At this point, Dodge Chief Economist Richard Branch is not forecasting a recession for 2022.
But he’s also not ruling it out.
In his mid-year update for Dodge Construction Network, Branch predicted 9% growth in the total dollar amount of construction starts for 2022. When factoring out inflation, the growth represents just 3% in real dollars.
Along with no recession, his new forecast assumes three factors:
- The pandemic continues to shift to an endemic and each subsequent wave of the virus has less impact.
- The war in Ukraine stays within Ukrainian borders and by this time next year much of the fighting will be over.
- Finally, the Federal Reserve is able to engineer a soft landing by increasing interest rates enough to halt inflation but not kill economic growth.
The third assumption is the one that seems to be the most at risk to his forecast, he says. For that reason, he sees the probability of a recession in 2022 at 30% to 35%.
“So reasonably, uncomfortably high,” he said during a recent webinar.
And as the time frame increases so does the likelihood of recession.
“I would say the odds of a recession in the next 24 months are probably 45%,” he said. “So those numbers are rising as the days go on.”
Reasons to feel positive
Despite the pitfalls, Branch remains optimistic about construction starts for this year.
“We actually feel reasonably positive about the trajectory for construction starts in 2022,” he said. “And most of that positivity is stemming from the projects entering the backlog.”
The April Dodge Momentum Index was just 5% shy of its all-time high set in 2021, and the index is at a 13- to 14-year high for commercial and institutional construction sectors. The index measures the total dollar amount of nonresidential projects in early planning stages.
The index “has posted some pretty steady rising trends here over the last year to year-and-a-half,” he said. “… So that's certainly reassuring in the sense that there are projects sitting there ready to break ground or working their way through the planning process.”
When will material prices come down?
Material shortages and price increases, rising interest rates and the labor shortage, however, are dampening that positive outlook. Material prices are starting to come down somewhat; however, there is a lag in when lower material prices will affect bidding. So he expects bid prices to continue to move higher through the end of this year even as material prices drop.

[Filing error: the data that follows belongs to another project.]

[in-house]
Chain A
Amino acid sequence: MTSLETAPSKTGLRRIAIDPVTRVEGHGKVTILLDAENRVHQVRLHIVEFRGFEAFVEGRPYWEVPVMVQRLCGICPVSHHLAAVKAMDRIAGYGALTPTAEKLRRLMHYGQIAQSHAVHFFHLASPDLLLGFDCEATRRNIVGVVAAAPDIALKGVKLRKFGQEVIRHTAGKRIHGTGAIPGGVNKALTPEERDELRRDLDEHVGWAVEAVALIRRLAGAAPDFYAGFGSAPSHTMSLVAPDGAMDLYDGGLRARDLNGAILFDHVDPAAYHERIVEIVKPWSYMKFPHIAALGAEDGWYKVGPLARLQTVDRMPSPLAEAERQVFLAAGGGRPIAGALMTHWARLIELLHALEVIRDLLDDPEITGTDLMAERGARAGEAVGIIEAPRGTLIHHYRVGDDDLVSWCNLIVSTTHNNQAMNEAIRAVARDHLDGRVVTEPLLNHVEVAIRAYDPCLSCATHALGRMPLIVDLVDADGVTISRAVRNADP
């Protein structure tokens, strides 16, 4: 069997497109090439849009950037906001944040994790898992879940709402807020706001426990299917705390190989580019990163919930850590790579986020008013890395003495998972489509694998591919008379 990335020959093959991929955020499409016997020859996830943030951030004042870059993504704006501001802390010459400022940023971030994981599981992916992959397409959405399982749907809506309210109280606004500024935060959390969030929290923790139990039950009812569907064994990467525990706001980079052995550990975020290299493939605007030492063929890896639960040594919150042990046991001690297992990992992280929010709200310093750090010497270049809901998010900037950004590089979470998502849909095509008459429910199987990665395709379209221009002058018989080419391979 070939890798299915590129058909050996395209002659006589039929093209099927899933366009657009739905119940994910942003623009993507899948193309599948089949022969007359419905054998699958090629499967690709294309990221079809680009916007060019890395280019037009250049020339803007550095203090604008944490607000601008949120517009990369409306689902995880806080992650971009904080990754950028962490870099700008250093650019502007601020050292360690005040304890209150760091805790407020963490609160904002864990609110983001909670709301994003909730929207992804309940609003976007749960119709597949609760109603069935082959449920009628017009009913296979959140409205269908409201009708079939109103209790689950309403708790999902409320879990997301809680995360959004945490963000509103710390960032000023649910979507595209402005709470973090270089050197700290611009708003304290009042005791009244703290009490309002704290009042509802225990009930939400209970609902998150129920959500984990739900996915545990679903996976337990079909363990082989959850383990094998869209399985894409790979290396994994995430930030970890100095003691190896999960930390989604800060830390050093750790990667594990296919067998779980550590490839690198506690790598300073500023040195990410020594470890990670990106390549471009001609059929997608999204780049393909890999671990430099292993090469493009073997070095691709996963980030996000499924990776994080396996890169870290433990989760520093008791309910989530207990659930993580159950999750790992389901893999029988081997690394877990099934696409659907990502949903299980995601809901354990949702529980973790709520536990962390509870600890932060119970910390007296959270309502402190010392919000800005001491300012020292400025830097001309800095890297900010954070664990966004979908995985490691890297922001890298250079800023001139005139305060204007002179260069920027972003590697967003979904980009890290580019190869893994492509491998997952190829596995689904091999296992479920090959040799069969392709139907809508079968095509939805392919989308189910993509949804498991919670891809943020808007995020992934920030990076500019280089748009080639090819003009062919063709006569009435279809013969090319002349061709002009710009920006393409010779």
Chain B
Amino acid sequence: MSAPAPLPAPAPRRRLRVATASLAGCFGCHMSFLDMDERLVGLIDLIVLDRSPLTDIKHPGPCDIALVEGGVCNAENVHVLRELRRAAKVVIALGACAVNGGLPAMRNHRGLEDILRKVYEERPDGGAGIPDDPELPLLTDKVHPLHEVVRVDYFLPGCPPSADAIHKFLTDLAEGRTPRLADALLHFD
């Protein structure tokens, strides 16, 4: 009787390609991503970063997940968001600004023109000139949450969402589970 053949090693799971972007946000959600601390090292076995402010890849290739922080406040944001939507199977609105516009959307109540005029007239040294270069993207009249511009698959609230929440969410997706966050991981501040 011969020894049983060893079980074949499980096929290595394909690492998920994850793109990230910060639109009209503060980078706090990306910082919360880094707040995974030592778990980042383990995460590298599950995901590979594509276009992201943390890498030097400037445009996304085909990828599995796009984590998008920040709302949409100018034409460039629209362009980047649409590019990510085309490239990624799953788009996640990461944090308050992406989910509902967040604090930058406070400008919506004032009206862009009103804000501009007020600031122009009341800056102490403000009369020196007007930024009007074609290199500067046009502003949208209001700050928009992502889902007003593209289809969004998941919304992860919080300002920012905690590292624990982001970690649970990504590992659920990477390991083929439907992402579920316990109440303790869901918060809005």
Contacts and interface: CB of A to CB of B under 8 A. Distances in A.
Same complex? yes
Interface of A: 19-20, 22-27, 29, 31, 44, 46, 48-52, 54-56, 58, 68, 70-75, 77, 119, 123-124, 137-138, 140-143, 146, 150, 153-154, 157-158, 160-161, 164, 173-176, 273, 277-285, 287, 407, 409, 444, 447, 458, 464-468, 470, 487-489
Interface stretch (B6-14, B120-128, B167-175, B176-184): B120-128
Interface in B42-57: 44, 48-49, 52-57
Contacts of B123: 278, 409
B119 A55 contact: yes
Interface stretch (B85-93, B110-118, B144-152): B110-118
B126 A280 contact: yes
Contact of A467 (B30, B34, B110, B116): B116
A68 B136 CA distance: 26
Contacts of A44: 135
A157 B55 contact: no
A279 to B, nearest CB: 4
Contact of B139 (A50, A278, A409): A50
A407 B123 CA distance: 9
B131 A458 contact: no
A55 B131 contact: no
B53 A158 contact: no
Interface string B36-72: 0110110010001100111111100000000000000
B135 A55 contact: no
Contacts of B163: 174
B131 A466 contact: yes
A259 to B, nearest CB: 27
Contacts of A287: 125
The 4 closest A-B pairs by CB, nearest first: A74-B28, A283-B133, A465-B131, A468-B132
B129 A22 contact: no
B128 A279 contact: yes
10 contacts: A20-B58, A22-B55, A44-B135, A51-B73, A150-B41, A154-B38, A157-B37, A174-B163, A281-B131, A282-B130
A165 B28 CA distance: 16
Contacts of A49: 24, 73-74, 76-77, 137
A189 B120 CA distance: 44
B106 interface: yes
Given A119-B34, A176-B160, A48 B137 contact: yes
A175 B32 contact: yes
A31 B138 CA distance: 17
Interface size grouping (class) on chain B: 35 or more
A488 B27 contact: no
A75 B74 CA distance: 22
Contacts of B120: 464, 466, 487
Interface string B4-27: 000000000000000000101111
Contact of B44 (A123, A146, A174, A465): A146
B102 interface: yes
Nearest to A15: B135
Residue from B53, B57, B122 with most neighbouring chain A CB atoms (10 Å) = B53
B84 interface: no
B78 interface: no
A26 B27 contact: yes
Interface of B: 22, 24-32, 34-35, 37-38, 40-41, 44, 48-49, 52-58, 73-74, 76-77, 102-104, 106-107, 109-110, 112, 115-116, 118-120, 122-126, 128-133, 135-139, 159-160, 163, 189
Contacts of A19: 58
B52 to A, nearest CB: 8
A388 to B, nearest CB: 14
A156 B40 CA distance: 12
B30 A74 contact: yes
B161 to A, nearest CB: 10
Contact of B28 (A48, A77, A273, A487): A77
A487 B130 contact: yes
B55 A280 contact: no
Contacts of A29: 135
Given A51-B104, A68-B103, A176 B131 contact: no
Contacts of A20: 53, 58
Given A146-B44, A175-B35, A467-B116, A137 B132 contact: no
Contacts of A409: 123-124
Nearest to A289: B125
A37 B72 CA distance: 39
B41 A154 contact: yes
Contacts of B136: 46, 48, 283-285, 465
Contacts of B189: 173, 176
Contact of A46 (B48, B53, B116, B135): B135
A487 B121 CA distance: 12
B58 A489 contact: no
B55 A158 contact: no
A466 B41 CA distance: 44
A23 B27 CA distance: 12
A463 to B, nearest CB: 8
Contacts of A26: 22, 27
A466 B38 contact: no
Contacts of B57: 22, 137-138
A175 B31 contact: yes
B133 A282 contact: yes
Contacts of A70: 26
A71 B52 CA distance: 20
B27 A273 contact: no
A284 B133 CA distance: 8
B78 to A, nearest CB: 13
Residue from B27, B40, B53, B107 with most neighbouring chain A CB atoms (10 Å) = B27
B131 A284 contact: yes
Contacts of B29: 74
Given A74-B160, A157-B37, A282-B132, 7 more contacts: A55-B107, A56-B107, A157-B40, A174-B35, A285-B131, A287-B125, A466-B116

“The good news though,” he says, “is I do think we will see those pricing pressures ease by the end of this year and into early 2023.”
As to the labor shortage, he says, there is no relief in sight to what has been a systemic problem for the construction industry for years and will affect growth for years to come.
The cumulative effect of rising prices and a shrinking labor force is causing projects to be delayed. He noted that projects in the Dodge index are taking nine months or longer than before the pandemic to get from planning to groundbreaking.
“All those projects coming into the Dodge Momentum Index now are very unlikely to break ground this year,” he said. “… That means that the recovery here in 2022 will certainly be somewhat muted relative to the kind of growth that we saw In 2021.”
What if a recession hits?
If a recession were to hit this year, Branch forecasts it would significantly cut growth in nonresidential construction starts. In terms of total square-footage, growth would drop down to a 2% increase from a baseline increase of 6%. (He chose to use square-footage rather than dollar amounts to factor out inflation from the forecast.)
If recession spreads into mid-2023, it could lead to a double-digit decline in nonresidential building starts, he added.
Markets most at risk in that scenario are offices, warehouses and hotels. Markets with the smallest risk are education, transportation and healthcare.
What the charts say
Note: All of the charts, except residential, are in dollar amounts that include inflation.